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Due to a limited running time of 41 minutes, the works on the
Masterclass Media Foundation DVD, “Stephen Kovacevich at the
Verbier Festival Academy,” were subject to time constraints.
The Schubert “C Minor Impromptu” received the lion’s share
of the attention. Pianist Stephen Kovacevich (formerly known
as “Stephen Bishop”) has a reputation based upon the
thoughtful intensity that he brings to the core Classical
repertoire; i.e., Beethoven, Mozart, Brahms, and Schubert
in particular. Therefore, I was very interested to see him
work on Schubert’s “Impromptus, Nos. 1 and 3,” with
Lilit Grigoryan, an excellent student. These two great works
were from Franz Schubert’s (1797-1828) final years.

Kovacevich (1940 – ) didn’t quite let Grigoryan finish each piece
before questioning her interpretations, and proffering advice about
what he believes Schubert might have intended. First, in the
“C Minor Impromptu,” he addressed Grigoryan’s choice of tempo.
He felt it was slow in relation to the harmonic movement of the
opening. He also discussed issues of pedaling, the duration of
staccato passages and dynamics. I personally felt that at times,
Grigoryan’s playing on the modern Steinway tended to
“overpower” the music; however, there was no question about
her abilities. In a sense, Kovacevich acted as her “sculptor,”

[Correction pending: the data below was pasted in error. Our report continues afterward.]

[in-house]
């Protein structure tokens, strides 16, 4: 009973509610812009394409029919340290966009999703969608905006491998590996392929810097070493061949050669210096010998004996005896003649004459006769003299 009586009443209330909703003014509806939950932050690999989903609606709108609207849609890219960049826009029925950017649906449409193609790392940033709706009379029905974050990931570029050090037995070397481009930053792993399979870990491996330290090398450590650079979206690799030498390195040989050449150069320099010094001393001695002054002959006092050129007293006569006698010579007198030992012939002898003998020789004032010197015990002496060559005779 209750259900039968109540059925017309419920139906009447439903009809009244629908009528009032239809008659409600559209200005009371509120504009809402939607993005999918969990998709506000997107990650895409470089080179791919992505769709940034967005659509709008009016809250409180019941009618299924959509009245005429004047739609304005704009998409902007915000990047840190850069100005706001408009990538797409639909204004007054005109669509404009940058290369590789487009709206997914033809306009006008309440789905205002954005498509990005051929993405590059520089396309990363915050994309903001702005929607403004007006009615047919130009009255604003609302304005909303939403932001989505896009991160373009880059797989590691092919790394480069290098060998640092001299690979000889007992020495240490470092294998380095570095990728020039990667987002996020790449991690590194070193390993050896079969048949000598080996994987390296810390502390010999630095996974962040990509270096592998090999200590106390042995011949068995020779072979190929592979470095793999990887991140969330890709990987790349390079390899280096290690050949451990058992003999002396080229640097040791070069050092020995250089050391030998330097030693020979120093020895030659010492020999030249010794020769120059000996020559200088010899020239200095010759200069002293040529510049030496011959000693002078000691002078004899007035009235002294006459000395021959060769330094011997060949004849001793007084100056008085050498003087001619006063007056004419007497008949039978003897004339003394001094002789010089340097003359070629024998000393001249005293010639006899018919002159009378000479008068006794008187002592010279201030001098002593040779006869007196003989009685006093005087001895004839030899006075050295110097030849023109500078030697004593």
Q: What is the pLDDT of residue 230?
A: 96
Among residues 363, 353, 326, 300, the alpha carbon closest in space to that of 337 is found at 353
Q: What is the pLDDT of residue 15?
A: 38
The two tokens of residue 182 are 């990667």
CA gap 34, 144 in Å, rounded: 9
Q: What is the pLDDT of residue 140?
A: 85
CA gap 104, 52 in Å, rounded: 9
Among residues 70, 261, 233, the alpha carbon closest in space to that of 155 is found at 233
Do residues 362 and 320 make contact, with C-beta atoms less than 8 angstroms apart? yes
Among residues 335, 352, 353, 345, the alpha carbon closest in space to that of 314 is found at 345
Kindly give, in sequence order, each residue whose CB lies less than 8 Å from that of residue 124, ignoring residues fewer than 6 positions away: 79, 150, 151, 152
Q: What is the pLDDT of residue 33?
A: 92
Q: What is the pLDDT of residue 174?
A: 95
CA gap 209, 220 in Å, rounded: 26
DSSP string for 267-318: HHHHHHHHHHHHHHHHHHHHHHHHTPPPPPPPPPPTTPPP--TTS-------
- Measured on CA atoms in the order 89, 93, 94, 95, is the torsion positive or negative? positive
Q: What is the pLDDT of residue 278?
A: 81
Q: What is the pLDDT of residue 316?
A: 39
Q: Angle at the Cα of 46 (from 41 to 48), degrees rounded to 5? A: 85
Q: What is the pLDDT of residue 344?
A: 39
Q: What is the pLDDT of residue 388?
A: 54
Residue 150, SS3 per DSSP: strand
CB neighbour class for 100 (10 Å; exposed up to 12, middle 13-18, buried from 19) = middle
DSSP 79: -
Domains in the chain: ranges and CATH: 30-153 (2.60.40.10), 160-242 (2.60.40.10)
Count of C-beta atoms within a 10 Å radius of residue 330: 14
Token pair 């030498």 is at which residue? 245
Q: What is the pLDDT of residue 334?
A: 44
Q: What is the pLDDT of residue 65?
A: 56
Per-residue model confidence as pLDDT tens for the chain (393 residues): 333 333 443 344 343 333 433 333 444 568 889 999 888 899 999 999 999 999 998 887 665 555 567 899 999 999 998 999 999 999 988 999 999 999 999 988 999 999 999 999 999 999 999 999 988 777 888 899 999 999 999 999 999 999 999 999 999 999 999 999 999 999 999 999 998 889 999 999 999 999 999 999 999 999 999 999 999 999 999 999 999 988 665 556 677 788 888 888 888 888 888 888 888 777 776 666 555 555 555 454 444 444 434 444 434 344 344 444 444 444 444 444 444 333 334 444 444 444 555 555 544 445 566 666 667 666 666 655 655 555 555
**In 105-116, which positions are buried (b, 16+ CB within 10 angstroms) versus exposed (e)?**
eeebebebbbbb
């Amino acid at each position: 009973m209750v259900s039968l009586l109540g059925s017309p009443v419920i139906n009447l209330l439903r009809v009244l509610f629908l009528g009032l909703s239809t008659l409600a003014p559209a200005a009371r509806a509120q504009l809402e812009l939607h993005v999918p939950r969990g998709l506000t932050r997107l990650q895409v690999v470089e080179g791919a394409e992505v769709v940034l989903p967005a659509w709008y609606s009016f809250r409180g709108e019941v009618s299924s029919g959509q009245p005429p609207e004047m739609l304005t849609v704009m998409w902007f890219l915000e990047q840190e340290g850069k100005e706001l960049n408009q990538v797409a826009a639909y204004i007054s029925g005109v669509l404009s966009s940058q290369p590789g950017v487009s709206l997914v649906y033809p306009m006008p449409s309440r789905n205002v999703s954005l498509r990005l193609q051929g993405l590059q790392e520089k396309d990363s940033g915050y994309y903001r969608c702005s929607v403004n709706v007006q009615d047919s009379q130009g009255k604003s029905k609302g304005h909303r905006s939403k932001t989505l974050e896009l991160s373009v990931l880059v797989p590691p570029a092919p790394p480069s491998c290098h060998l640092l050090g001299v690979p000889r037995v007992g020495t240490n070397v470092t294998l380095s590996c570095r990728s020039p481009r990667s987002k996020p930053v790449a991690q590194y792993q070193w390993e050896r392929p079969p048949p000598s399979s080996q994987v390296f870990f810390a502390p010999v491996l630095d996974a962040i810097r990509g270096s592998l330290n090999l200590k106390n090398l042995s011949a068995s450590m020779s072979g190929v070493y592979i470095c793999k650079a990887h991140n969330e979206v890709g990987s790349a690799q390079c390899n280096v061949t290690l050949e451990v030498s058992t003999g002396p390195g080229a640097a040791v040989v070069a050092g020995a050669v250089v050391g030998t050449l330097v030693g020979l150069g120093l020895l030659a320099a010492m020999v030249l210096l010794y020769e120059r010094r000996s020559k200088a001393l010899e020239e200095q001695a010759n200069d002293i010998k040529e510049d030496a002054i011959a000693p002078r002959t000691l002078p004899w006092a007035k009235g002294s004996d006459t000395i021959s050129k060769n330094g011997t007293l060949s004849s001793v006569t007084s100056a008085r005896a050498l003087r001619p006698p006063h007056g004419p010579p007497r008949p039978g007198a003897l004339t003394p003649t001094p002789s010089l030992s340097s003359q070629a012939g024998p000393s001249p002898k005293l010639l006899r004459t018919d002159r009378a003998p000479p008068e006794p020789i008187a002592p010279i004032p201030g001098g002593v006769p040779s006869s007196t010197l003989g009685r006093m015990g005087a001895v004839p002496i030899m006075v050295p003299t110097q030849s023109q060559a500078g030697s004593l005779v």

pointing out and questioning her interpretation of the score.

Unfortunately, unlike other masterclasses conducted by pianist
Stephen Hough (Liszt) or András Schiff (Bach), Kovacevich never
demonstrated his ideas at the keyboard. In fact, his methods
were reminiscent of violinist Maxim Vengerov, who refrained
from playing his instrument during his masterclass addressing
the first movement of Benjamin Britten’s “Violin Concerto.”
Oh, well!

Another distinction from the other DVD masterclasses I’ve
observed was the lack of footage of the audience. However,
with the sole focus on Kovacevich and his pupil, the small,
darkened auditorium setting provided an air of intimacy,
and I was nevertheless grateful for this first-hand opportunity
to hear Kovacevich’s thoughts about music that means so
much to me. This 2009 DVD release is highly worthwhile for
pedagogues and aspiring pianists, not to mention viewers
like me, who are interested in “the process.”